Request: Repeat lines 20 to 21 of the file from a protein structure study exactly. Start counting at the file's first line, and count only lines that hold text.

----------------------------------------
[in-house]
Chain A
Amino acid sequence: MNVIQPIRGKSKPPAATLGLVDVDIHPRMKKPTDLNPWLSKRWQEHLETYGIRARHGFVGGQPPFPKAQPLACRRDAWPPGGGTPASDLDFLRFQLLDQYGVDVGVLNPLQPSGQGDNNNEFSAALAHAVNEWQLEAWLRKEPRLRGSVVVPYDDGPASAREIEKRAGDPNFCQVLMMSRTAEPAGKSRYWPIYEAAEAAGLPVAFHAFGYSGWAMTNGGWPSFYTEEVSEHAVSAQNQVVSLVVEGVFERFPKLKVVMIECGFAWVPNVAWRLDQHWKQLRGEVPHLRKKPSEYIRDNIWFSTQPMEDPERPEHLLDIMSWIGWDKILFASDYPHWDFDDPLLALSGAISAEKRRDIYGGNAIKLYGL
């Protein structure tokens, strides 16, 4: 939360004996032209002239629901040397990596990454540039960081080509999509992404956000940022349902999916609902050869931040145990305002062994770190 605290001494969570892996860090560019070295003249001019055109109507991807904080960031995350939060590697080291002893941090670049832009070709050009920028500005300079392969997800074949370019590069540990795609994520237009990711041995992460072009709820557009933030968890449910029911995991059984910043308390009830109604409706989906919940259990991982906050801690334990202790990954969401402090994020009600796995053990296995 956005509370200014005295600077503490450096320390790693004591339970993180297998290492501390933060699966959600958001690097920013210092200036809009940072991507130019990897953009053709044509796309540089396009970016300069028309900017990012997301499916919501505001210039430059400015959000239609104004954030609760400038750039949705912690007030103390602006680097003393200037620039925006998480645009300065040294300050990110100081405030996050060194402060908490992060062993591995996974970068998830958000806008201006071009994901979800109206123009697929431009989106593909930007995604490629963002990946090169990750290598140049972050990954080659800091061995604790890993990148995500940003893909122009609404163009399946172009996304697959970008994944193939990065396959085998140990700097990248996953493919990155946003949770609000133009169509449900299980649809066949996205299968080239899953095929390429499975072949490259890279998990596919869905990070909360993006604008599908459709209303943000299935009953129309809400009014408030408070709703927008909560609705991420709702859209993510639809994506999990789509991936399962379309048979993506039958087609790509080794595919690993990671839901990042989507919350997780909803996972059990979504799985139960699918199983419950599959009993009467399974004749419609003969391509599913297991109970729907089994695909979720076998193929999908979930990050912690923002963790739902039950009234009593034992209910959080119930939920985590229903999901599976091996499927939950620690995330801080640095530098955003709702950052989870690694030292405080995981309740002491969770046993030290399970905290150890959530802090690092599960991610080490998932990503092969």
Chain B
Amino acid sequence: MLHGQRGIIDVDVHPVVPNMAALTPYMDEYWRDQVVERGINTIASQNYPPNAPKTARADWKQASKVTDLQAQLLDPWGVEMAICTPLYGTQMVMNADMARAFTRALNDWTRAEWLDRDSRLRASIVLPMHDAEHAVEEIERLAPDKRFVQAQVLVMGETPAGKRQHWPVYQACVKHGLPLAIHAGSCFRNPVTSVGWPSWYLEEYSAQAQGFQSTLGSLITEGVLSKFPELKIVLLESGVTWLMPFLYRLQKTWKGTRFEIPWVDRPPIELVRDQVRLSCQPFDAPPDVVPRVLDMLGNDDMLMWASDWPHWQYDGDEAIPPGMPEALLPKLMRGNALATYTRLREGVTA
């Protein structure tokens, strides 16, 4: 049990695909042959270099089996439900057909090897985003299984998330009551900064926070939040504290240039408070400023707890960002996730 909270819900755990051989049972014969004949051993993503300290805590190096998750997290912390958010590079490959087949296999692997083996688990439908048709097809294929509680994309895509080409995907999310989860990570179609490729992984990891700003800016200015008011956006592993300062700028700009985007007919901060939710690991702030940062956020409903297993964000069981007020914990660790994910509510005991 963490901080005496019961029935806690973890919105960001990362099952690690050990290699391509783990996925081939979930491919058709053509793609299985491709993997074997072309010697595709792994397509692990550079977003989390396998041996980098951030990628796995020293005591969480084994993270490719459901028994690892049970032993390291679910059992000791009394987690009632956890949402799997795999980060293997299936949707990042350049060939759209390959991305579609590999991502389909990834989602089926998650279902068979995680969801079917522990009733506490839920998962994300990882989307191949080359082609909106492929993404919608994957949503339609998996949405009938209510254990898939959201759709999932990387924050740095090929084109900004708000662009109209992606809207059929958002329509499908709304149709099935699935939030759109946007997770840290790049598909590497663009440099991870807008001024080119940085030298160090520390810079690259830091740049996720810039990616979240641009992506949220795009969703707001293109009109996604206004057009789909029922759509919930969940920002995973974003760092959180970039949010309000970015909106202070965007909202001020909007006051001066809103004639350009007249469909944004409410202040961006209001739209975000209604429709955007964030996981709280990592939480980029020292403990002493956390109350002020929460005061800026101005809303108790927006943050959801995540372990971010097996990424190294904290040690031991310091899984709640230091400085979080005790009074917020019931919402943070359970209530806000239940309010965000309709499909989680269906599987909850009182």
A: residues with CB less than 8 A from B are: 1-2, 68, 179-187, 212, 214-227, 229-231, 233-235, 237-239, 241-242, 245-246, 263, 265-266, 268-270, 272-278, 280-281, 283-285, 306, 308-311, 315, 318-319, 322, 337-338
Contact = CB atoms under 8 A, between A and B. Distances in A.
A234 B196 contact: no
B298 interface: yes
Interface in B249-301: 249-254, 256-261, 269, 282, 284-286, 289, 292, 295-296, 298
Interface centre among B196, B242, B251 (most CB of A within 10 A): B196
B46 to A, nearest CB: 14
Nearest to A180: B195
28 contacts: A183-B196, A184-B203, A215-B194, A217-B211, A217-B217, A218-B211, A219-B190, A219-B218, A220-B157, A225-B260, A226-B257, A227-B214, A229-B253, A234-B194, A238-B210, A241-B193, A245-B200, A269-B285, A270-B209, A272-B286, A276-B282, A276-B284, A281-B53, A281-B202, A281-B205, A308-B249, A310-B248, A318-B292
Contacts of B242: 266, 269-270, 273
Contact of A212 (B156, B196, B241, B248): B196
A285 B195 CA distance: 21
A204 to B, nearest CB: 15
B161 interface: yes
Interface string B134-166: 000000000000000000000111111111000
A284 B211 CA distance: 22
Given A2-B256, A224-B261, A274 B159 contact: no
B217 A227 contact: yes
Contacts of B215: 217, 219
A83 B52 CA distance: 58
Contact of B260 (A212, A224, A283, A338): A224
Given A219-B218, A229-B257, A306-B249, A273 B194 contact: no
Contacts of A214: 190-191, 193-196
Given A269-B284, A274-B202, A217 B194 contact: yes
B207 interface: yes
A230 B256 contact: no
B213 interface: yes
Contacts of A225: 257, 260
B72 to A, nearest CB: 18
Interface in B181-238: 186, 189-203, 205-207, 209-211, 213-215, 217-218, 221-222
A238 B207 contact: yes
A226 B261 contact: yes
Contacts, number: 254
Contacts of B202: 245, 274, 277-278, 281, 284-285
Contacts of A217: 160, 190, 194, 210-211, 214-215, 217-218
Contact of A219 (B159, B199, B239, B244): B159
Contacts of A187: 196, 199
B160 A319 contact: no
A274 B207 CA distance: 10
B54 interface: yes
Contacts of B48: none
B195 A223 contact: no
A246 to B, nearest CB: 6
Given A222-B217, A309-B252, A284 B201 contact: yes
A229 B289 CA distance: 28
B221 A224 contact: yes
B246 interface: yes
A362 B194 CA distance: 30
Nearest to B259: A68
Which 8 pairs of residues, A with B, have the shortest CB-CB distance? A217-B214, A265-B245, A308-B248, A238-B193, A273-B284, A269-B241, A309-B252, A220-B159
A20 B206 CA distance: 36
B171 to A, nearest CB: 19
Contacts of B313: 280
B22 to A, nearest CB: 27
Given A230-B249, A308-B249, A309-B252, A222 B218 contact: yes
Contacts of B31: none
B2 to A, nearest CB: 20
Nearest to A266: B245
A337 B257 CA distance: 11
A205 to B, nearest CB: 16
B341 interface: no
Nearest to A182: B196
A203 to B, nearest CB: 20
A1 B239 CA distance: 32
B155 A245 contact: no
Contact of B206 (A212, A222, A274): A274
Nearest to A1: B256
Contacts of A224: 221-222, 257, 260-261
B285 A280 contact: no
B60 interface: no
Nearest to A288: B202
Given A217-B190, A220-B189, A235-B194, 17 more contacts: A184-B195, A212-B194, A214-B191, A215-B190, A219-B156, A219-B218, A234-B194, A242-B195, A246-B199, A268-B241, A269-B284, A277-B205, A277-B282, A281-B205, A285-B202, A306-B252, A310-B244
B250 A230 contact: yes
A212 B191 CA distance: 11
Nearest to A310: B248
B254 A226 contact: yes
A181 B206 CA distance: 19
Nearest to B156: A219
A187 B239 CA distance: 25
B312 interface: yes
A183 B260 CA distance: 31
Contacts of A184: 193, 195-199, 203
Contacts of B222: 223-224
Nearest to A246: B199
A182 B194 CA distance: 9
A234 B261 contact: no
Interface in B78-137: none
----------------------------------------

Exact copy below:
A204 to B, nearest CB: 15
B161 interface: yes